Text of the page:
For sound healing, sounds are used that are not necessarily musical, although they can be pleasant and calming. When I use the term sound, I can be referring to a single tone created by my voice or the sound generated by striking a bowl. For sound healing, frequency can be used to describe a vibration that is not necessarily heard but felt through bodily application such as placing the tuning fork on the body.
Basically, all music is sound, but all sounds are not necessarily music. For both, the following definitions apply.
Sound is a wave and these waves are measured by how many occur during a specific time frame. Sound is measured in hertz (Hz) which describes how many cycles occur in one second and this is called its frequency. So a tone that has a frequency of 514 Hz is producing 514 cycles per second. (See diagram below)
The range of human hearing is approximately 20 Hz to 20,000 Hz. To give you a relative understanding, the sound of the average male speaking voice is around 110 Hz and the average female speaking voice is around 220 Hz.
The lower the frequency, the lower the sound, and that introduces another term, pitch. Pitch is what most musicians use to describe the fundamental frequency of a tone. An interesting phenomenon of pitch is that it is purely a psychological construct, a mental representation of the frequency of a sound. Sound waves themselves do not have pitch, it takes our human brain to map them to the internal quality we call pitch.
We use notes to represent the pitch of a tone. When you see the note A on a sheet of music, you are seeing a representation of a tone of 440 Hz. Tone and note are used interchangeably, but tone is primarily used in sound healing to describe frequency.
An important component of sound is its loudness or amplitude. Loudness measures the intensity or sonic energy of a sound and is measured in units called decibels (db). The decibel level of a whisper is about 20 db and the level of a loud rock band is around 105 db. Continued exposure to sounds above 100 db can lead to hearing loss, which is something to consider if you listen to music at high volumes regularly.
Earlier, I discussed music as having rhythm. Rhythm is a crucial part of what turns sound into music. Rhythm refers to the length of a note and the relationship between the length of one note and another and usually establishes a rhythm pattern. Rhythm and tempo are related concepts and often confused, as tempo is the pace of a musical piece or the rate you tap your foot to a piece of music. Tempo is also a major factor in conveying emotion. Typically, a song with a fast tempo is thought of as happy or exciting and songs with slower tempos as sad or pensive.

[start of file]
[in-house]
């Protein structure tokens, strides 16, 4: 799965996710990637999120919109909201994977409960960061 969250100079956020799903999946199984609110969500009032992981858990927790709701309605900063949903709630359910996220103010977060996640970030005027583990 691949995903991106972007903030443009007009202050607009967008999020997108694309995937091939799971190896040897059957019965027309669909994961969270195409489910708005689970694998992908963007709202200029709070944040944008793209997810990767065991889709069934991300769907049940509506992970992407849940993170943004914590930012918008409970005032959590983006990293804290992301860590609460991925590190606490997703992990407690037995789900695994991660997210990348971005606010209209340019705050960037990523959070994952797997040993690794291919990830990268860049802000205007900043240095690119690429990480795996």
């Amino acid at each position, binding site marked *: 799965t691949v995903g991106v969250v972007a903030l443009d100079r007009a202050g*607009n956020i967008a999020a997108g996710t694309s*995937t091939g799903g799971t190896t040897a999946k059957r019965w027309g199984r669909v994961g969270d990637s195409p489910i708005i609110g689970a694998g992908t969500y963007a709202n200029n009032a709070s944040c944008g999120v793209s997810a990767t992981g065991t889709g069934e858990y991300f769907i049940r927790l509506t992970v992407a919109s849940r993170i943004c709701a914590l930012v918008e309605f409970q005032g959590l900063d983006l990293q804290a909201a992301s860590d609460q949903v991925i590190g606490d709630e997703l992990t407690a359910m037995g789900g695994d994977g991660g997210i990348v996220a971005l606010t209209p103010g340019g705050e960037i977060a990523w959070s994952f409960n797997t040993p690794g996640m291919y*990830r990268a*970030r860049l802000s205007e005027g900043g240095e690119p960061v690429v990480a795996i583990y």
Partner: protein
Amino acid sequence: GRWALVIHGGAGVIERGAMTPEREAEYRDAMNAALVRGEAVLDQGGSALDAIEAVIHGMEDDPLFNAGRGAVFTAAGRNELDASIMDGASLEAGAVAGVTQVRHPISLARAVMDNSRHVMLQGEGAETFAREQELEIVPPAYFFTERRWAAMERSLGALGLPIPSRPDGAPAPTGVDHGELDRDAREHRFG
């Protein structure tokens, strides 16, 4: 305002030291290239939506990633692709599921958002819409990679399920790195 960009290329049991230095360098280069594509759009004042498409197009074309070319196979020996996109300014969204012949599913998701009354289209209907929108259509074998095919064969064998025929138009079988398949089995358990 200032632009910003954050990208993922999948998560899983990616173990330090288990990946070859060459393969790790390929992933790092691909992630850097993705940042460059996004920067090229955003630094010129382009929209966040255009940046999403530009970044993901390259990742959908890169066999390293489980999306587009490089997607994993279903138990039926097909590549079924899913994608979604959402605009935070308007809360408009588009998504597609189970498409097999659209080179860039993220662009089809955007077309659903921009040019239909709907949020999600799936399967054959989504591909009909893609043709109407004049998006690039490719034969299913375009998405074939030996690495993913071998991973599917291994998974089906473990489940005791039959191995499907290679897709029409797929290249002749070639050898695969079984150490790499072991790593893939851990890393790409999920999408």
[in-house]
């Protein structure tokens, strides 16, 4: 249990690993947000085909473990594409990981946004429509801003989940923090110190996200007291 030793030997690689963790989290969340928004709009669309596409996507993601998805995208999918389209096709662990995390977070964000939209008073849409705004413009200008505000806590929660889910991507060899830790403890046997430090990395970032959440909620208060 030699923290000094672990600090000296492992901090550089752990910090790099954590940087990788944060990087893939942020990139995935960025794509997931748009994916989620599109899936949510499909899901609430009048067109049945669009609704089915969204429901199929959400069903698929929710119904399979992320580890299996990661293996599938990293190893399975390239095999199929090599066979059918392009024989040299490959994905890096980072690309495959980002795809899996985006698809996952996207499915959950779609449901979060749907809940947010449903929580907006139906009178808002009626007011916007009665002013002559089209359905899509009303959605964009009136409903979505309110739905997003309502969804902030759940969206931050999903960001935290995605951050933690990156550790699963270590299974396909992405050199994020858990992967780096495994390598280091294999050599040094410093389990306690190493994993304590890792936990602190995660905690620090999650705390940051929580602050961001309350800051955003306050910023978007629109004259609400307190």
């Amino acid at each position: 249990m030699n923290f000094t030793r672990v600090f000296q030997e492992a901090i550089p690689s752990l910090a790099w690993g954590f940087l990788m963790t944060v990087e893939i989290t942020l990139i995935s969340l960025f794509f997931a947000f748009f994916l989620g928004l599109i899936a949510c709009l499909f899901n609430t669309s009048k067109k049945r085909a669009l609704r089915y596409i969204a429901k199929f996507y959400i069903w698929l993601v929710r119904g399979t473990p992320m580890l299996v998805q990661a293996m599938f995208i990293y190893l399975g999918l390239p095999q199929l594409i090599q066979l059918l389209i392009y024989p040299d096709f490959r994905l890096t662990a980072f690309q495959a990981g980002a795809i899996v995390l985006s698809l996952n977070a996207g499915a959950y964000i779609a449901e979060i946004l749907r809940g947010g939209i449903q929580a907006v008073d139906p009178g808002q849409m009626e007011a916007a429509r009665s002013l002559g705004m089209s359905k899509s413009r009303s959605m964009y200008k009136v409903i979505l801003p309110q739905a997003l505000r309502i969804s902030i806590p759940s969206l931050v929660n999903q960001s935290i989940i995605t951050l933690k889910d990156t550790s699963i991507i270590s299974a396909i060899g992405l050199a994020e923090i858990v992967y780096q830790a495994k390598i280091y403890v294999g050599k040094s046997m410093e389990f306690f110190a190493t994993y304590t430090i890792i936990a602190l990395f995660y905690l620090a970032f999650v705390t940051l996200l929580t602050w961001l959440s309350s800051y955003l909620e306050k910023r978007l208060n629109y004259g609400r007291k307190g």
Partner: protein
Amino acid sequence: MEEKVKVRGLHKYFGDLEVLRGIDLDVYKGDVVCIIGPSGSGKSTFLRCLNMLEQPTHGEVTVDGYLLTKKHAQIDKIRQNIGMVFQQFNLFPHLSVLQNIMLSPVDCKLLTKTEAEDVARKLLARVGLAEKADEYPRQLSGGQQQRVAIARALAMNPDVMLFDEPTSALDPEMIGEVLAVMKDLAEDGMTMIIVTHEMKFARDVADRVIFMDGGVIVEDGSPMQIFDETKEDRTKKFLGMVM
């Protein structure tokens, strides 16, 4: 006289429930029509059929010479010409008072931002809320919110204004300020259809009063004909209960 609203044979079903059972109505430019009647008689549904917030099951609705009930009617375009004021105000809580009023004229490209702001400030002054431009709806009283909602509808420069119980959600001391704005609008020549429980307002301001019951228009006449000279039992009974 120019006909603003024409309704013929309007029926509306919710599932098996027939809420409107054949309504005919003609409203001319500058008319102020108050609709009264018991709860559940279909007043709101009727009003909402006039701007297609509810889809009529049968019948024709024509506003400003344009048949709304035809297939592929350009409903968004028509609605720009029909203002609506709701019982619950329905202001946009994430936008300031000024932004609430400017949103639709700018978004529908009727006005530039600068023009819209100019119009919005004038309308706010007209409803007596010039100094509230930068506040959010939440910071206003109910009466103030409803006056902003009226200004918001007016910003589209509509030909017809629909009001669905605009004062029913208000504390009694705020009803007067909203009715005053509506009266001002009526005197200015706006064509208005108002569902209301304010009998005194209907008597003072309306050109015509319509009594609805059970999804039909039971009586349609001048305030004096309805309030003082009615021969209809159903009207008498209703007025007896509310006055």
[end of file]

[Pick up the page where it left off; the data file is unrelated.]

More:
Every tone has what is called a fundamental frequency. But there is also what we call overtones. When I play a note on the piano, for example A, you are actually hearing many pitches at once, not just a single pitch. The one with the slowest vibrational rate or lowest pitch, in this case A, is the fundamental frequency and is what we hear most easily. The other pitches are called the overtones.
Overtones give us the timbre or tone quality of a sound and allow us to identify what we are hearing. Even if they have the same fundamental frequency, the sound of a lion roar and a human scream are different because of their overtones.
In sound healing, when we talk about fundamental frequencies, we’re talking about resonance. A resonant frequency is the natural frequency of the vibration of an object. Every object has a fundamental resonance, each cell in our body, each organ, has its own resonant frequency. Resonance is the probably the most important principle of sound healing.
Some important properties of resonance are: It is easy to get an object to vibrate at its resonant frequencies, hard to get it to vibrate at other frequencies. A vibrating object will pick out its resonant frequencies from a complex excitation and vibrate at those frequencies, essentially "filtering out" other frequencies present in the excitation.
Through entrainment, we can affect the resonance of an object. Entrainment, or forced resonance, is when a vibrating object begins to vibrate at a stronger vibrational rate of an object near it, so that eventually, all are at the same vibrational rate. This term was first used by Christian Huygen in 1666 when he noticed that two pendulum clocks would fall into the same rhythm when placed side by side and that this continued to happen in subsequent experiments. Entrainment is the basis of sound healing.
Sympathetic resonance, or free resonance, is when an object with the same vibrational frequency begins to resonate with a like vibration near it. This has been shown when two tuning forks of the same frequency are placed next to one another and one is struck, the other will begin vibrating even though it was not struck.
Another example of resonance at work and a different application for sound healing can be seen when an opera singer is able to break a glass with their voice. If a singer can match the resonant frequency of the glass with enough amplitude, it will shatter the glass.
In another blog, I will talk about brainwaves and how sound affects our brainwave states and the results of a small study Atlanta Sound Healing conducted on the bowls and brainwaves.